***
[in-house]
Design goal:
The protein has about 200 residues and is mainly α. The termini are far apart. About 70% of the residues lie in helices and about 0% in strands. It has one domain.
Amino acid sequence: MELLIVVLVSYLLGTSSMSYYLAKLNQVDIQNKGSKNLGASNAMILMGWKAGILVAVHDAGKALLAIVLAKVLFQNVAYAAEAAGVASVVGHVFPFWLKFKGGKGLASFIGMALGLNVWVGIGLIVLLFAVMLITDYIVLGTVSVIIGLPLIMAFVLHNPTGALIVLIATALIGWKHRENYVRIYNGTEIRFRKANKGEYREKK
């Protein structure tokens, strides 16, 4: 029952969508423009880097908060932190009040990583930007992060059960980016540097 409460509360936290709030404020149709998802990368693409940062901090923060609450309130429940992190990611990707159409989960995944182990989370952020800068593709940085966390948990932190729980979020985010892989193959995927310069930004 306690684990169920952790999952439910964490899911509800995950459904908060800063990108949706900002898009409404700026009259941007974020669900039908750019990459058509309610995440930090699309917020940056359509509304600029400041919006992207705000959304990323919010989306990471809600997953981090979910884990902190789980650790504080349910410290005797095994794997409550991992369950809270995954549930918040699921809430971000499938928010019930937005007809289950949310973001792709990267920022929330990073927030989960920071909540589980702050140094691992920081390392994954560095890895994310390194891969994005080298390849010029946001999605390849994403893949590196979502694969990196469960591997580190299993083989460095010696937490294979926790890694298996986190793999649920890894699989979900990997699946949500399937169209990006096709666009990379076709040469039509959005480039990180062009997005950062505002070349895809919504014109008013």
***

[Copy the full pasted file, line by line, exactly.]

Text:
[in-house]
Design goal:
The protein has about 200 residues and is mainly α. The termini are far apart. About 70% of the residues lie in helices and about 0% in strands. It has one domain.
Amino acid sequence: MELLIVVLVSYLLGTSSMSYYLAKLNQVDIQNKGSKNLGASNAMILMGWKAGILVAVHDAGKALLAIVLAKVLFQNVAYAAEAAGVASVVGHVFPFWLKFKGGKGLASFIGMALGLNVWVGIGLIVLLFAVMLITDYIVLGTVSVIIGLPLIMAFVLHNPTGALIVLIATALIGWKHRENYVRIYNGTEIRFRKANKGEYREKK
């Protein structure tokens, strides 16, 4: 029952969508423009880097908060932190009040990583930007992060059960980016540097 409460509360936290709030404020149709998802990368693409940062901090923060609450309130429940992190990611990707159409989960995944182990989370952020800068593709940085966390948990932190729980979020985010892989193959995927310069930004 306690684990169920952790999952439910964490899911509800995950459904908060800063990108949706900002898009409404700026009259941007974020669900039908750019990459058509309610995440930090699309917020940056359509509304600029400041919006992207705000959304990323919010989306990471809600997953981090979910884990902190789980650790504080349910410290005797095994794997409550991992369950809270995954549930918040699921809430971000499938928010019930937005007809289950949310973001792709990267920022929330990073927030989960920071909540589980702050140094691992920081390392994954560095890895994310390194891969994005080298390849010029946001999605390849994403893949590196979502694969990196469960591997580190299993083989460095010696937490294979926790890694298996986190793999649920890894699989979900990997699946949500399937169209990006096709666009990379076709040469039509959005480039990180062009997005950062505002070349895809919504014109008013």